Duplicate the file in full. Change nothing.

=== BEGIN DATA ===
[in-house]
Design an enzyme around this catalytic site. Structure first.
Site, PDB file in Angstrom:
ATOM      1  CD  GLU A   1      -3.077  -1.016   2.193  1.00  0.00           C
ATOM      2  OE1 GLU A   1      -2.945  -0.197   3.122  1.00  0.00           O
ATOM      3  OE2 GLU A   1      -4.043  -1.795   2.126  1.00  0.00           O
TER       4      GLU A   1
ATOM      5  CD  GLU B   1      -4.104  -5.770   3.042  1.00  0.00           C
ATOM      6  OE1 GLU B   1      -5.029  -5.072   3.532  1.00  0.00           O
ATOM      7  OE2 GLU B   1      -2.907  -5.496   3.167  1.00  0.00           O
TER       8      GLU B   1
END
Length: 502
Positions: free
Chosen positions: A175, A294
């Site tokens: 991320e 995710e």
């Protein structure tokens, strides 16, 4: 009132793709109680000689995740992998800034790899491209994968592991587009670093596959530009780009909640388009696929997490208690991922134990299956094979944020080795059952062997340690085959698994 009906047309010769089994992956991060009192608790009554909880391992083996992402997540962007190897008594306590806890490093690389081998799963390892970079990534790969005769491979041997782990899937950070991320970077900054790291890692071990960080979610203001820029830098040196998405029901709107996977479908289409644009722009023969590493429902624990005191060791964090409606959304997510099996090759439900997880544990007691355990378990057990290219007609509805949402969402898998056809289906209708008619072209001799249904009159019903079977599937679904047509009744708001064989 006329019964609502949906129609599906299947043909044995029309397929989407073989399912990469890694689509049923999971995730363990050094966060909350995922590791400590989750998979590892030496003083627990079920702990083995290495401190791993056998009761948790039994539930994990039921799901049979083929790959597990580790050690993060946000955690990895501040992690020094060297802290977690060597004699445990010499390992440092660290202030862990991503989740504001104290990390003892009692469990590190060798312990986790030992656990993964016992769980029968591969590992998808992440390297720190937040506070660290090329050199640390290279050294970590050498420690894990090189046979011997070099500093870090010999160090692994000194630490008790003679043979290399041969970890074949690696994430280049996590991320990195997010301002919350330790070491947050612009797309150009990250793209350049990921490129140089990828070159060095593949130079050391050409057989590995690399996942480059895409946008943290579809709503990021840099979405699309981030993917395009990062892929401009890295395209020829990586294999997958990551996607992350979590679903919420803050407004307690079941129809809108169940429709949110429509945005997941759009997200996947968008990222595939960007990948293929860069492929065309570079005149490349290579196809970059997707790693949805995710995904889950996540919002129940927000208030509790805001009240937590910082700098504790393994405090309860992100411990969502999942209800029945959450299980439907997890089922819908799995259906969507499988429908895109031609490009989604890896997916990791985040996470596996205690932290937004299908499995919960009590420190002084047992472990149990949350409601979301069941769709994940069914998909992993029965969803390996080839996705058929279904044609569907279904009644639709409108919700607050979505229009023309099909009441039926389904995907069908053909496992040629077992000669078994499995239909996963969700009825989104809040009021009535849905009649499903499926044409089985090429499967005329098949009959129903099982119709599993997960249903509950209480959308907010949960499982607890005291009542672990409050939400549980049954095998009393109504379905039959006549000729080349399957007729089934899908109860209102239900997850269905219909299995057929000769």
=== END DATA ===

[in-house]
Design an enzyme around this catalytic site. Structure first.
Site, PDB file in Angstrom:
ATOM      1  CD  GLU A   1      -3.077  -1.016   2.193  1.00  0.00           C
ATOM      2  OE1 GLU A   1      -2.945  -0.197   3.122  1.00  0.00           O
ATOM      3  OE2 GLU A   1      -4.043  -1.795   2.126  1.00  0.00           O
TER       4      GLU A   1
ATOM      5  CD  GLU B   1      -4.104  -5.770   3.042  1.00  0.00           C
ATOM      6  OE1 GLU B   1      -5.029  -5.072   3.532  1.00  0.00           O
ATOM      7  OE2 GLU B   1      -2.907  -5.496   3.167  1.00  0.00           O
TER       8      GLU B   1
END
Length: 502
Positions: free
Chosen positions: A175, A294
């Site tokens: 991320e 995710e």
């Protein structure tokens, strides 16, 4: 009132793709109680000689995740992998800034790899491209994968592991587009670093596959530009780009909640388009696929997490208690991922134990299956094979944020080795059952062997340690085959698994 009906047309010769089994992956991060009192608790009554909880391992083996992402997540962007190897008594306590806890490093690389081998799963390892970079990534790969005769491979041997782990899937950070991320970077900054790291890692071990960080979610203001820029830098040196998405029901709107996977479908289409644009722009023969590493429902624990005191060791964090409606959304997510099996090759439900997880544990007691355990378990057990290219007609509805949402969402898998056809289906209708008619072209001799249904009159019903079977599937679904047509009744708001064989 006329019964609502949906129609599906299947043909044995029309397929989407073989399912990469890694689509049923999971995730363990050094966060909350995922590791400590989750998979590892030496003083627990079920702990083995290495401190791993056998009761948790039994539930994990039921799901049979083929790959597990580790050690993060946000955690990895501040992690020094060297802290977690060597004699445990010499390992440092660290202030862990991503989740504001104290990390003892009692469990590190060798312990986790030992656990993964016992769980029968591969590992998808992440390297720190937040506070660290090329050199640390290279050294970590050498420690894990090189046979011997070099500093870090010999160090692994000194630490008790003679043979290399041969970890074949690696994430280049996590991320990195997010301002919350330790070491947050612009797309150009990250793209350049990921490129140089990828070159060095593949130079050391050409057989590995690399996942480059895409946008943290579809709503990021840099979405699309981030993917395009990062892929401009890295395209020829990586294999997958990551996607992350979590679903919420803050407004307690079941129809809108169940429709949110429509945005997941759009997200996947968008990222595939960007990948293929860069492929065309570079005149490349290579196809970059997707790693949805995710995904889950996540919002129940927000208030509790805001009240937590910082700098504790393994405090309860992100411990969502999942209800029945959450299980439907997890089922819908799995259906969507499988429908895109031609490009989604890896997916990791985040996470596996205690932290937004299908499995919960009590420190002084047992472990149990949350409601979301069941769709994940069914998909992993029965969803390996080839996705058929279904044609569907279904009644639709409108919700607050979505229009023309099909009441039926389904995907069908053909496992040629077992000669078994499995239909996963969700009825989104809040009021009535849905009649499903499926044409089985090429499967005329098949009959129903099982119709599993997960249903509950209480959308907010949960499982607890005291009542672990409050939400549980049954095998009393109504379905039959006549000729080349399957007729089934899908109860209102239900997850269905219909299995057929000769």